Over the last few months, more and more players have been seen complaining about the Runescape community becoming less and less enjoyable. Many blame this on the new target audience of Jagex advertising. This may or may not be the case, but much of the problem is simply due to an overwhelming increase in the phenomenon known as “macroing”.
Many players love “cheats” in any form they can get them. While Runescape has no “codes” or “cheats” that you can download (and if anybody tries to give you one it is an attempt to steal your password and steal your account), players have found that they can get millions of gold coins by just letting their computer play the game automatically for them.
This has disgusted many players throughout the game who play honestly by the rules as set by Jagex. Unfortunately it is nearly impossible to know which sellers are legitimate players or not. While buyers have enjoyed the decreased prices in items like sharks, the people who gather these items have had to suffer due to competition from rule-breakers, who Jagex often refer to as “scum”.
This month these players' prayers were answered as Jagex finally made one of the boldest, and some say most-needed, action ever made in recent Runescape history. On 12th January 2006, Jagex banned almost 5,000 Runescape Classic accounts for the overly-common "autoing" problem.
People thought this was huge. No longer would RSC be tainted with the filth of macroers at every imaginable training spot. Praises to Jagex echoed the forums for a job well done. Then speculation built up as to whether or not RS2 would be next. Jagex moderators had been seen scouring common places such as the fishing or mining guilds, essence mines, etc, looking for players breaking the 7th commandment: “Thou shalt not use programs to play the game for you.”
Then it happened. Doomsday for the cheating kind. Jagex banned 15,000 players for violating this rule. No longer, at least for now, were you going to have to deal with the difficulty of selling your items at prices comparable to the prices of people who obtained these items illegally. Feelings on the matter were mixed, and players' thoughts went wild as to how prices of items in Runescape would be affected by this.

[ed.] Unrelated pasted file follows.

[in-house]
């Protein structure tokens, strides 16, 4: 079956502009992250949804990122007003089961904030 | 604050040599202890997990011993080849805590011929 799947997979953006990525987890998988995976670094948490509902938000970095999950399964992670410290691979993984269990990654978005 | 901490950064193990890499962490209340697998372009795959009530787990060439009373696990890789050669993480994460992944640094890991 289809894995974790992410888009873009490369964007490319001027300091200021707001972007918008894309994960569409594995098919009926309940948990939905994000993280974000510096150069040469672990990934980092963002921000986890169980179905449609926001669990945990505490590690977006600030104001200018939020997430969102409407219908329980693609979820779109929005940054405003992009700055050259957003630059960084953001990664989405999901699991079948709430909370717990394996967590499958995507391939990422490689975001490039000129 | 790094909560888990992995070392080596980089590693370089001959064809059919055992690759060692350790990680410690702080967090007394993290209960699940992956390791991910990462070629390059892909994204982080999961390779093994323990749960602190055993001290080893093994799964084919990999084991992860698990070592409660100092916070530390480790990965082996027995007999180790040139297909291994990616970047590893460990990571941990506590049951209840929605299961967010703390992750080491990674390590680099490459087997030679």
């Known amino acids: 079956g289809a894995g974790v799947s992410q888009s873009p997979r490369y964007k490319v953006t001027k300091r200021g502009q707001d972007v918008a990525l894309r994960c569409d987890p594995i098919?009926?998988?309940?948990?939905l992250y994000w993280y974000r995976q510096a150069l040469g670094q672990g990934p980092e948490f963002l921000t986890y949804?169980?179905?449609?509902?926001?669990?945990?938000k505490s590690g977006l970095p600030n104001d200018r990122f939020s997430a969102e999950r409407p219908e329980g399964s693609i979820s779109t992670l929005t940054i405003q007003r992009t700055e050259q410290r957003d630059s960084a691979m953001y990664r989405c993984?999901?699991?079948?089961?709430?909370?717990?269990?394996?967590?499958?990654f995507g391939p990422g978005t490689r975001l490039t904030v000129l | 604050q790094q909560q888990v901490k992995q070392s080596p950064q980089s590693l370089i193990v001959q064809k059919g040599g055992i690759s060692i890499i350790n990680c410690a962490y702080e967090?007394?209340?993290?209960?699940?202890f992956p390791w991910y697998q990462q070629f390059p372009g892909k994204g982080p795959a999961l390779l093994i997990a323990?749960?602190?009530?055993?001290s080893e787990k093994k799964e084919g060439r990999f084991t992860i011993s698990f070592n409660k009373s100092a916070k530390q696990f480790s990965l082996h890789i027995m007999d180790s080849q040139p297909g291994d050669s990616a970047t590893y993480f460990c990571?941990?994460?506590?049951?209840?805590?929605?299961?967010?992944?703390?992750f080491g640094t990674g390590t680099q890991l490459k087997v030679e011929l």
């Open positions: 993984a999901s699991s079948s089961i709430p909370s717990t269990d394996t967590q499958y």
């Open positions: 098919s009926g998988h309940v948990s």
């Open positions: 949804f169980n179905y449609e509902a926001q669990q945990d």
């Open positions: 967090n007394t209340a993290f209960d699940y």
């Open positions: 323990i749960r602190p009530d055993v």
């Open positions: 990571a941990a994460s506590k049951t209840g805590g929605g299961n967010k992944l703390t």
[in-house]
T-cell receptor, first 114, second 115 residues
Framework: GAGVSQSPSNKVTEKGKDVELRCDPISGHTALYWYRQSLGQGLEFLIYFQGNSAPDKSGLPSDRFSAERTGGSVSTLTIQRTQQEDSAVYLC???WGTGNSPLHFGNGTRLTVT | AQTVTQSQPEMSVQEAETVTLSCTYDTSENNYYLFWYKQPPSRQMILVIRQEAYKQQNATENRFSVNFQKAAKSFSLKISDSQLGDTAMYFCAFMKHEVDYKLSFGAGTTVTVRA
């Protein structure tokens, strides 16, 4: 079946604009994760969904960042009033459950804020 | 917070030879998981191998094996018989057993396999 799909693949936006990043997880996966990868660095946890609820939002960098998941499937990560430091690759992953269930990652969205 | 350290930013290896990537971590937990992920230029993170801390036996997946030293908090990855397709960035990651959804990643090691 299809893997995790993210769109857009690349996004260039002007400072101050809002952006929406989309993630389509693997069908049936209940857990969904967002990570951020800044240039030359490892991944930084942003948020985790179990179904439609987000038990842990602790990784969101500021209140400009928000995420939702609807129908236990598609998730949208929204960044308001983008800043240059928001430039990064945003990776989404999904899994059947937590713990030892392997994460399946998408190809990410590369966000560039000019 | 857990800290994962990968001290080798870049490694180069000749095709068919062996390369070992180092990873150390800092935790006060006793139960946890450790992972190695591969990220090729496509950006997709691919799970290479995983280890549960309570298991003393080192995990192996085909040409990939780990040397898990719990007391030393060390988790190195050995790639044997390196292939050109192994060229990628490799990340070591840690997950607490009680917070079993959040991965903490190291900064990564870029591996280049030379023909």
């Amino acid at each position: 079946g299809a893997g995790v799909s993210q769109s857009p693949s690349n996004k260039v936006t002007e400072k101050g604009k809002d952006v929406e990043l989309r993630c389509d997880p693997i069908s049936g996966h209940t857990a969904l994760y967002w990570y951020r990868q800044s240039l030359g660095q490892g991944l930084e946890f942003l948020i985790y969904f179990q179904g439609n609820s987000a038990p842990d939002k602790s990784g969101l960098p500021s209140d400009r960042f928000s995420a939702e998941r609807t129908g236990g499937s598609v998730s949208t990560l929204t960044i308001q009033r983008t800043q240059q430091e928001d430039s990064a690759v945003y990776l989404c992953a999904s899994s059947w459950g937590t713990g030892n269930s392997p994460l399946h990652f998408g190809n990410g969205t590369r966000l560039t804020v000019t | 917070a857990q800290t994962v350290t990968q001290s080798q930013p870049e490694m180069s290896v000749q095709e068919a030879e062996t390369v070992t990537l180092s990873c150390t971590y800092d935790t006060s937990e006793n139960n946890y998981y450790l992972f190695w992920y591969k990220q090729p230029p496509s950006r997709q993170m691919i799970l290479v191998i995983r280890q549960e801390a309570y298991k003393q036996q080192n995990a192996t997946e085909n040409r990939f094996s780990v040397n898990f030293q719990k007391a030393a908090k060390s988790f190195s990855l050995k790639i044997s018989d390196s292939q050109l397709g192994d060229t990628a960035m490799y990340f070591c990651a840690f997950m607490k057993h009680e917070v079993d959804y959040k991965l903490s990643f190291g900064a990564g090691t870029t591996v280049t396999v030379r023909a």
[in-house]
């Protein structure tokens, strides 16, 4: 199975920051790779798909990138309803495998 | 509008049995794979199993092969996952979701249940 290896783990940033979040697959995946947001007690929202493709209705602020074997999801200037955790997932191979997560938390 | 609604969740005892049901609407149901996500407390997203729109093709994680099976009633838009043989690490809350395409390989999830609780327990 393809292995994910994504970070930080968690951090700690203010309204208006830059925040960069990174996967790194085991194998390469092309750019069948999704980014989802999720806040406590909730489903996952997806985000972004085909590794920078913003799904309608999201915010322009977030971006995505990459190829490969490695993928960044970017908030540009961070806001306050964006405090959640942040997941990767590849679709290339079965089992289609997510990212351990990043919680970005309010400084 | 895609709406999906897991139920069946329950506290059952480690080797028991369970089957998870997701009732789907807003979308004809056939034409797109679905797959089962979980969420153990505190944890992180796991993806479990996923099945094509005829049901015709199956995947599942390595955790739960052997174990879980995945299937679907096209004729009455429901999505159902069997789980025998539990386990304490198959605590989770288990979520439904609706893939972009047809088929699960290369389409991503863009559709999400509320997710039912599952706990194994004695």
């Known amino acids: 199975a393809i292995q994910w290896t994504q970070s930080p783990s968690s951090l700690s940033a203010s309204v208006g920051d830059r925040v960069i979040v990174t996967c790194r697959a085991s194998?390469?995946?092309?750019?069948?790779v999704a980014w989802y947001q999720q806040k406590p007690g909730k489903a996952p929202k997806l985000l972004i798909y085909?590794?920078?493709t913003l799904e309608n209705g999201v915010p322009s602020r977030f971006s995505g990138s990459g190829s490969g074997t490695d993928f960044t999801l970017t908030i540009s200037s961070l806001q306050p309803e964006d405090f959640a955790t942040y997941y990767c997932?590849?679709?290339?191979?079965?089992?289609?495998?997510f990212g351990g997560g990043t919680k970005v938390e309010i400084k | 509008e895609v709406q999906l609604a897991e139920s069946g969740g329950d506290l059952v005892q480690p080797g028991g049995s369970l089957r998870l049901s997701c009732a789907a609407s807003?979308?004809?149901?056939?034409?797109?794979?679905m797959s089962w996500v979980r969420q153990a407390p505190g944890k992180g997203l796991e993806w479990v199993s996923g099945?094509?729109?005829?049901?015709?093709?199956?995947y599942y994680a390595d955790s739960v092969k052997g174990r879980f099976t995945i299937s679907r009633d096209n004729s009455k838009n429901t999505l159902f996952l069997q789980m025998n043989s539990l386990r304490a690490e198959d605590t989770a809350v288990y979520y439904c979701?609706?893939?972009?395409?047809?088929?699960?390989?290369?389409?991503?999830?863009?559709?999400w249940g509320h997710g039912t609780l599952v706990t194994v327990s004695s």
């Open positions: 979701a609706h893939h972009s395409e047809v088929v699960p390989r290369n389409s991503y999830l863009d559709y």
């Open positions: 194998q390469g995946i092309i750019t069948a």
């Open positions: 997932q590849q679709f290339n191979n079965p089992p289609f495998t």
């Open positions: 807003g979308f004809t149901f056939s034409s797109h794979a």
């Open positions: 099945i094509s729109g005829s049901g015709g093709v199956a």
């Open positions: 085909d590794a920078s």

Merchants of course are probably thrilled by this. Speculation that hundreds of rare holiday items were wiped out of the game spread like wildfire. Prices of rare items skyrocketed from their previous prices. Party hats immediately started selling for twenty to thirty million more than their previous sale prices (and even more). These party hats had the biggest rise in price. Other rare items such as Santa hats and Mask sets may have seen a short spike in price, but have not changed very much at all.
Rumours also arose as to how prices would be affected with skill-based items that these macroers used to gather such as ores, fish and logs. Hundreds of thousands of coal, essence, sharks, and logs no longer being brought into the world of Runescape on a daily basis. Players would expect this to cause prices to go up, as the demand would now seemingly be much larger than the supply.
Luckily for skill totallers such as myself, these items' prices are highly dependent upon the values of their products or the experience provided, and the bans have had little impact on items even as low in price as rune essence (compared to items like coal and sharks). The players who gather these items have not tried to start selling them for more than their previous prices, or at least have not done so in large enough numbers to keep players from finding sellers at more reasonable prices. Some credit the rare items' market with absorbing a lot of the impact of price increases, while others believe the prices are entirely independent of rares.
Many players are happy with the bans, and seek for Jagex to move forward and take more action against other players that violate the Runescape rules. Players would like nothing more than to see the betterment of the game, with the majority of players abiding by the rules. Good work, Jagex – keep at it!
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